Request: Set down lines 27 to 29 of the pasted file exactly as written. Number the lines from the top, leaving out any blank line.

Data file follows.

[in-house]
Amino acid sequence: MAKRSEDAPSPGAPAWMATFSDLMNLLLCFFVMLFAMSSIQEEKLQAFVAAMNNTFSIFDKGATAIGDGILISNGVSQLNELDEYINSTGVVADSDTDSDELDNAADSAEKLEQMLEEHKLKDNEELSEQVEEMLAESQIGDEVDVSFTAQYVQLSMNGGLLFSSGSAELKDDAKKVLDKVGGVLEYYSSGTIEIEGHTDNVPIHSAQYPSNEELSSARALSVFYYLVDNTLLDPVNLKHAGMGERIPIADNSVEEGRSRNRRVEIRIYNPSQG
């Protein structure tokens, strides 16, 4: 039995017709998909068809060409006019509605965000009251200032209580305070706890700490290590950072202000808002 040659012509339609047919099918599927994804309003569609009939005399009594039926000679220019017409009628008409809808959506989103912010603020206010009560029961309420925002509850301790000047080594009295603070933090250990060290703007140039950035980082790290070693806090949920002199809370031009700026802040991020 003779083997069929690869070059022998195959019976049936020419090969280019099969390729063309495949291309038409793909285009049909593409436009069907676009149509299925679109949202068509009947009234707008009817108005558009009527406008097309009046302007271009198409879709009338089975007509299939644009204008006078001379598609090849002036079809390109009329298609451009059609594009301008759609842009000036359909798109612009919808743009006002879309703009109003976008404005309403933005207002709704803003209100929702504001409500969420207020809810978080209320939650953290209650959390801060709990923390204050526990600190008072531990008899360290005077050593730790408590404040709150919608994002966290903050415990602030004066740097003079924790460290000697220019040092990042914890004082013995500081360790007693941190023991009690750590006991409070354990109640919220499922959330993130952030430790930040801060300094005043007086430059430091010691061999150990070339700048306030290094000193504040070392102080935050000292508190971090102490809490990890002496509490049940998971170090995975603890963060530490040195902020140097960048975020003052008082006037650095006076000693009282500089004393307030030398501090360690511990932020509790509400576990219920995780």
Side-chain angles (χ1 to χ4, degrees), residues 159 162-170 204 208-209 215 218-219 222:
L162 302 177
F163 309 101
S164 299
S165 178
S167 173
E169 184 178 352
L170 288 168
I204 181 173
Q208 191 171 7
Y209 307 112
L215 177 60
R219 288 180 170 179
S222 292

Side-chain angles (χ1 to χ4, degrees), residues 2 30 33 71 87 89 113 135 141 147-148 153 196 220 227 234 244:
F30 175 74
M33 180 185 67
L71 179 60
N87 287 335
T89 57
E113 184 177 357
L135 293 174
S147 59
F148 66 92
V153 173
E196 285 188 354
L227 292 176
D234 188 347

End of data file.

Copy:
F148 66 92
V153 173
E196 285 188 354